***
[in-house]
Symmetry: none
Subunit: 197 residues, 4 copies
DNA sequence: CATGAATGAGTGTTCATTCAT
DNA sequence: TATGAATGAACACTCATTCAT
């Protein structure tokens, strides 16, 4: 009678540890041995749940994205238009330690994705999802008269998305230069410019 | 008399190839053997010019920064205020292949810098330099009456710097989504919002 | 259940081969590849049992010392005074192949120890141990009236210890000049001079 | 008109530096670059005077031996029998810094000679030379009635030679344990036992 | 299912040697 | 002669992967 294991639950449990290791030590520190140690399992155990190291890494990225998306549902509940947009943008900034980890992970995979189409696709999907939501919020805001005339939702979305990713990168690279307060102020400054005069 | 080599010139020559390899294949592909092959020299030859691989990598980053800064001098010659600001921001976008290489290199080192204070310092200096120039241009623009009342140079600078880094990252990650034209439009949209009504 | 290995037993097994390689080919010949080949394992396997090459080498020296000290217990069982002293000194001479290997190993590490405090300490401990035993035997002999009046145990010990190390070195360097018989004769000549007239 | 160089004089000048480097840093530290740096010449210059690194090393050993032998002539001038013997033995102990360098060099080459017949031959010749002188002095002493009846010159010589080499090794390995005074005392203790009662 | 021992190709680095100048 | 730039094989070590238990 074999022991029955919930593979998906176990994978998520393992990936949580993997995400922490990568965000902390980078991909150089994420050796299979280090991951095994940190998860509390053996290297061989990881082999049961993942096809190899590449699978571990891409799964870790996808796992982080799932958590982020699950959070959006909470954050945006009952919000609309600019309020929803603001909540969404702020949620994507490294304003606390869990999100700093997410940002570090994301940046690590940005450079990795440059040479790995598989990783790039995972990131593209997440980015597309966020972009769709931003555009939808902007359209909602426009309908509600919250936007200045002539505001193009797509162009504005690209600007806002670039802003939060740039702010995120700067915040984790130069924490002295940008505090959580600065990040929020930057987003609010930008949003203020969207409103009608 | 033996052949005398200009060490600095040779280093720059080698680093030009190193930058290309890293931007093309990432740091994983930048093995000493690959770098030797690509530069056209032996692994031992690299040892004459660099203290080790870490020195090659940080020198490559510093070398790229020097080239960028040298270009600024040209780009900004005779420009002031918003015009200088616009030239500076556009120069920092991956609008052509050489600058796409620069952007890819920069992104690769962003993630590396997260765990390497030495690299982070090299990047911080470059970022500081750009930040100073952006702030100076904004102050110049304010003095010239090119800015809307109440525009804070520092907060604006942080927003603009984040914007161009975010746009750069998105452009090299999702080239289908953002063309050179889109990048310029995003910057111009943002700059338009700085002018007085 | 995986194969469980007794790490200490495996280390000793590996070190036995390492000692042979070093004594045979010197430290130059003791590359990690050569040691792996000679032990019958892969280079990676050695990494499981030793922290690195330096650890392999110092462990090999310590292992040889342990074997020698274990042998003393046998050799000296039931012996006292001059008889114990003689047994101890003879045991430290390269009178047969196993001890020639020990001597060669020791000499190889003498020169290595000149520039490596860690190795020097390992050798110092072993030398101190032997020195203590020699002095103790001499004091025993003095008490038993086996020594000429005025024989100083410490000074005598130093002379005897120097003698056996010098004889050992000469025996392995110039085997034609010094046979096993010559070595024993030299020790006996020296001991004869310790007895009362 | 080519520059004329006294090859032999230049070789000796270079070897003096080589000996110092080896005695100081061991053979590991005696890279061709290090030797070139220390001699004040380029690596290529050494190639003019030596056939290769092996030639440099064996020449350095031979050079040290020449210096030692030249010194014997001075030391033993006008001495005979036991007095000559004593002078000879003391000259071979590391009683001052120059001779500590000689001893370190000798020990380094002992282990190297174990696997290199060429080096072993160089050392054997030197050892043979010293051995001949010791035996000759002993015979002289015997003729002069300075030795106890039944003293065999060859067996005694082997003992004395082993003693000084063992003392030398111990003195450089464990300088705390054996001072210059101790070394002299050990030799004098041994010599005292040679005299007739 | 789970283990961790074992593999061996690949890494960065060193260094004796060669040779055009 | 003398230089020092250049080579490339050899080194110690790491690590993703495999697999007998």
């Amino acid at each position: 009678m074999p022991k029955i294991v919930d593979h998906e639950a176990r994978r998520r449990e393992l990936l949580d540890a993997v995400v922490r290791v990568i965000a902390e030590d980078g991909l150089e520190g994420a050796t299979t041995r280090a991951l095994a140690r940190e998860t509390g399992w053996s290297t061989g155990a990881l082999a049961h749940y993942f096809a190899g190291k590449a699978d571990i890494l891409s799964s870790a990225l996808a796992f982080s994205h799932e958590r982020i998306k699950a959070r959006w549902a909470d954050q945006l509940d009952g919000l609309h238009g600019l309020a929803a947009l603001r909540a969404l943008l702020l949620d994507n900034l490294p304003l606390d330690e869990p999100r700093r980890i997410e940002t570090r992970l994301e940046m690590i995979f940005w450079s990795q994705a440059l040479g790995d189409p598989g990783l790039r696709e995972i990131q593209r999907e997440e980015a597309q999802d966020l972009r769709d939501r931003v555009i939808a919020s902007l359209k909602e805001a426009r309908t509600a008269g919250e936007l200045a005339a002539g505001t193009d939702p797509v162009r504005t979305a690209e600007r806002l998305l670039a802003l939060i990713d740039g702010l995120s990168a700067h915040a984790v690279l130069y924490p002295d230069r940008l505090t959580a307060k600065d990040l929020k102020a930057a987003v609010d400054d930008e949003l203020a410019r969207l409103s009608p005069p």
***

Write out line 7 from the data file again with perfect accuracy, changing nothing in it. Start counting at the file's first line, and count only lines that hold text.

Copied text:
């Amino acid at each position: 009678m074999p022991k029955i294991v919930d593979h998906e639950a176990r994978r998520r449990e393992l990936l949580d540890a993997v995400v922490r290791v990568i965000a902390e030590d980078g991909l150089e520190g994420a050796t299979t041995r280090a991951l095994a140690r940190e998860t509390g399992w053996s290297t061989g155990a990881l082999a049961h749940y993942f096809a190899g190291k590449a699978d571990i890494l891409s799964s870790a990225l996808a796992f982080s994205h799932e958590r982020i998306k699950a959070r959006w549902a909470d954050q945006l509940d009952g919000l609309h238009g600019l309020a929803a947009l603001r909540a969404l943008l702020l949620d994507n900034l490294p304003l606390d330690e869990p999100r700093r980890i997410e940002t570090r992970l994301e940046m690590i995979f940005w450079s990795q994705a440059l040479g790995d189409p598989g990783l790039r696709e995972i990131q593209r999907e997440e980015a597309q999802d966020l972009r769709d939501r931003v555009i939808a919020s902007l359209k909602e805001a426009r309908t509600a008269g919250e936007l200045a005339a002539g505001t193009d939702p797509v162009r504005t979305a690209e600007r806002l998305l670039a802003l939060i990713d740039g702010l995120s990168a700067h915040a984790v690279l130069y924490p002295d230069r940008l505090t959580a307060k600065d990040l929020k102020a930057a987003v609010d400054d930008e949003l203020a410019r969207l409103s009608p005069p």